No longer content with being the foil to older brother Chris in The Black Crowes, Rich Robinson is exploring what it’s like to be front and center on stage as he tours in support of last October’s Through A Crooked Sun.
With Thursday’s show at the Old Rock House just south of downtown St. Louis as evidence, the younger Robinson is quite comfortable in his current skin.
Armed with an impressive arsenal of guitars, the 42-year-old Robinson filled the one-hour, 50-minute set with a mix of blues-infused rock, pensive ballads and cool covers before an easily navigable weeknight crowd.
“Fire Around” might be the anchor in the running order of his latest solo album, but it opened this show with his cries of “Do you hear me? / Do you hear me?”
One of the best moments of the evening came early on with a cover, as Robinson and Co. offering a nice rendition of Fleetwood Mac’s “Station Man.” If there ever was a song from the set that sounded like a Black Crowes number, this was it, with Robinson delivering that classic sound in the intro and Steve Molitz’s dazzling work on the keys à la ”Remedy.” Bassist Brian Allen and drummer Joe Magistro combined to give the tune a strong bottom end.
Through A Crooked Sun, Robinson’s second full-fledged solo effort, is chock full of songs with reflective lyrics based on where his life has taken him. One of those, “Follow You Forever,” was written for his father who was diagnosed with lung cancer. In performing the ballad, Robinson peeled away any barriers and did a masterful job expressing his feelings before the band rallied with a big finish to the seven-minute song.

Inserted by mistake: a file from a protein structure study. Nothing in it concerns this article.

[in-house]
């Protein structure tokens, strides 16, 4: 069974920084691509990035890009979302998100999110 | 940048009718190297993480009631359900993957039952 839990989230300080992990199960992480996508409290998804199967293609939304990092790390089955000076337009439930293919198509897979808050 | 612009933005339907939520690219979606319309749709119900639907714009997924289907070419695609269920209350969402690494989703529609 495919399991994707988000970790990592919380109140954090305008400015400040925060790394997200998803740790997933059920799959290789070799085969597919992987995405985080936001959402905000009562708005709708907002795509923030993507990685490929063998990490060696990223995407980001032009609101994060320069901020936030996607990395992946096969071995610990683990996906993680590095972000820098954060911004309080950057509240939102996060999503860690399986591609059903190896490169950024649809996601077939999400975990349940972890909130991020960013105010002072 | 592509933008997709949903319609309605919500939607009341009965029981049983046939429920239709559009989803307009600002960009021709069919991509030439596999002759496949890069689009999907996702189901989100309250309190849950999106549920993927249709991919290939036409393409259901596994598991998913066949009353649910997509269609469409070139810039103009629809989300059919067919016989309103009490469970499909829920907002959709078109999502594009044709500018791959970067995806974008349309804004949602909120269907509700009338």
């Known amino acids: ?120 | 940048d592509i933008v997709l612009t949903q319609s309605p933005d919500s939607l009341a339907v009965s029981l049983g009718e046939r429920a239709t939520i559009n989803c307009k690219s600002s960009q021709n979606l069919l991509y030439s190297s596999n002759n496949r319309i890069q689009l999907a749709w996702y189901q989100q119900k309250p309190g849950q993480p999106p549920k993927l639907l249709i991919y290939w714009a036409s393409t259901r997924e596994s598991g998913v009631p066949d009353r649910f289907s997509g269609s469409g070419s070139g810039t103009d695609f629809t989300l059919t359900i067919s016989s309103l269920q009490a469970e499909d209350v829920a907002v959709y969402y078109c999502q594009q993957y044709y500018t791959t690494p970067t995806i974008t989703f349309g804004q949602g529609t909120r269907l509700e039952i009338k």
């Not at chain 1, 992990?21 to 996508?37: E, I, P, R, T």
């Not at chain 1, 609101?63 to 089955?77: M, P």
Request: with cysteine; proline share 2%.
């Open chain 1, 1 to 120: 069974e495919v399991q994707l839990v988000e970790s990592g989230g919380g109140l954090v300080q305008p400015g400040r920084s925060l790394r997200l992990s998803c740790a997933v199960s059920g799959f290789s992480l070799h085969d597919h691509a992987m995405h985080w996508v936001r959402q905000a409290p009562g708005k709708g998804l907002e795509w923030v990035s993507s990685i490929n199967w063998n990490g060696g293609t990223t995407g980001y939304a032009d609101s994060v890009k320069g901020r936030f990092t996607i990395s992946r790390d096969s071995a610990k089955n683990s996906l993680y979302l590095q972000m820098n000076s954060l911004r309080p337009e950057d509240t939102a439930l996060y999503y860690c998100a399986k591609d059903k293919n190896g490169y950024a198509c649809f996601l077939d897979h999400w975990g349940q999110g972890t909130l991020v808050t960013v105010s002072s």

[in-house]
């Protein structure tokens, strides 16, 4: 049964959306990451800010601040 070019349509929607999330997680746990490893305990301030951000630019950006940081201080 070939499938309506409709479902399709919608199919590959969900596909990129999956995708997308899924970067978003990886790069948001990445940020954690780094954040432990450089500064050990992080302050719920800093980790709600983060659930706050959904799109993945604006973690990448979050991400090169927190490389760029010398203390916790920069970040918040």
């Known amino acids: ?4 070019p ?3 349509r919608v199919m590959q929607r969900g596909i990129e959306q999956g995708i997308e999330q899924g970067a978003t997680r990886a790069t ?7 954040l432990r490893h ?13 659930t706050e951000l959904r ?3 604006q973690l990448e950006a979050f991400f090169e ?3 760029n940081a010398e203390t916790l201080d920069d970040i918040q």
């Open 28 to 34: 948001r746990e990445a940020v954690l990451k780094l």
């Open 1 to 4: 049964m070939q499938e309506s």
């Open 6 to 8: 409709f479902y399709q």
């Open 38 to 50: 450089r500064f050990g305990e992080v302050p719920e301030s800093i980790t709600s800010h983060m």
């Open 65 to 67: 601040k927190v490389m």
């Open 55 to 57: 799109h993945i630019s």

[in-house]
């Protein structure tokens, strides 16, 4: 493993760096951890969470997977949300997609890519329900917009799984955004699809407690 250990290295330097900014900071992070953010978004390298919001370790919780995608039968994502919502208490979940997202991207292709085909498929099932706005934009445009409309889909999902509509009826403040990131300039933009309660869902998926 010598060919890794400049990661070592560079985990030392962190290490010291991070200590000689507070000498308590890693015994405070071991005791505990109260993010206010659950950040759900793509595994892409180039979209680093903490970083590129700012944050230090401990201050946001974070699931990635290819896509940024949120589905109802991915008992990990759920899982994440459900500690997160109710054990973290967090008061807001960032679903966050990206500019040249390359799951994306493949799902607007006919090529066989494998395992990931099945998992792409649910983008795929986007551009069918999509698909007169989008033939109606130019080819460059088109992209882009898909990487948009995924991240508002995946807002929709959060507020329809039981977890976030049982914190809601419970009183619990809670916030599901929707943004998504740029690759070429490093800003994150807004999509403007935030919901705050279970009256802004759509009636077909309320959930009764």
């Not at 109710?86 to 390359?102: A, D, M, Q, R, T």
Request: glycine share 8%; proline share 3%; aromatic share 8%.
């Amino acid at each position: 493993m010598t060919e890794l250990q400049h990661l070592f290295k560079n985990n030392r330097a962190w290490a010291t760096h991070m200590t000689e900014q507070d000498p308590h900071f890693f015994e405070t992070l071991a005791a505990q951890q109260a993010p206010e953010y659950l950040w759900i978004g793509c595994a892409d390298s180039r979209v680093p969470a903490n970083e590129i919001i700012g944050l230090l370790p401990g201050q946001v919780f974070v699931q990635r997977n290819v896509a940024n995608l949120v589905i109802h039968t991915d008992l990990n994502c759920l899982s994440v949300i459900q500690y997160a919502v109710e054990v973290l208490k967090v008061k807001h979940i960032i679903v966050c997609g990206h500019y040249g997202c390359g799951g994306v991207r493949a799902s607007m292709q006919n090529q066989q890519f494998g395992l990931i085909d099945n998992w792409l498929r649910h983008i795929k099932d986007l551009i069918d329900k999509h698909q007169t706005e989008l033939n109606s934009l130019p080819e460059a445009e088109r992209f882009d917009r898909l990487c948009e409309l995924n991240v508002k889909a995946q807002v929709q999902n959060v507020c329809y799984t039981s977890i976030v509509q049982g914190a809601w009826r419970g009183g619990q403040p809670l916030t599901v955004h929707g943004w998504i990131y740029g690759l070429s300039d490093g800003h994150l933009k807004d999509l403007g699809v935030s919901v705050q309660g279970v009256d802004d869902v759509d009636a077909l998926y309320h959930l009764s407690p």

Robinson told the tale of an unfaithful lover with “Falling Again,” but the band deftly gave what started off with a sleepy tone a rock-a-billy chorus and a country tone.
Robinson went back to the cover route and it yielded perhaps his best all-around performance of the evening on Velvet Underground’s “Oh! Sweet Nuthin’.” While the lyrics weren’t his, his vocals aptly flanked a stirring guitar solo that left many patrons swaying along to the music. There was nowhere for Robinson to run and hide here and he passed the test with high marks.
Though he could have easily peppered the set list with hits from the Crowes (currently on hiatus), the band that he co-founded, Robinson largely resisted the urge. Only “What Is Home” came from the Crowes catalog.
As they reached the homestretch, Robinson and his band delivered “Gone Away,” another track from the new album that features a considerable Tom Petty vibe.
Robinson then bucked tradition and bypassed the typical encore routine before performing a ”Vibeka” and “War Drums” combo, a pair of songs from the band War.
“This is where we go outside and walk around the building,” he said. “But since it’s cold, we’ll just skip all of that and go straight to the music.”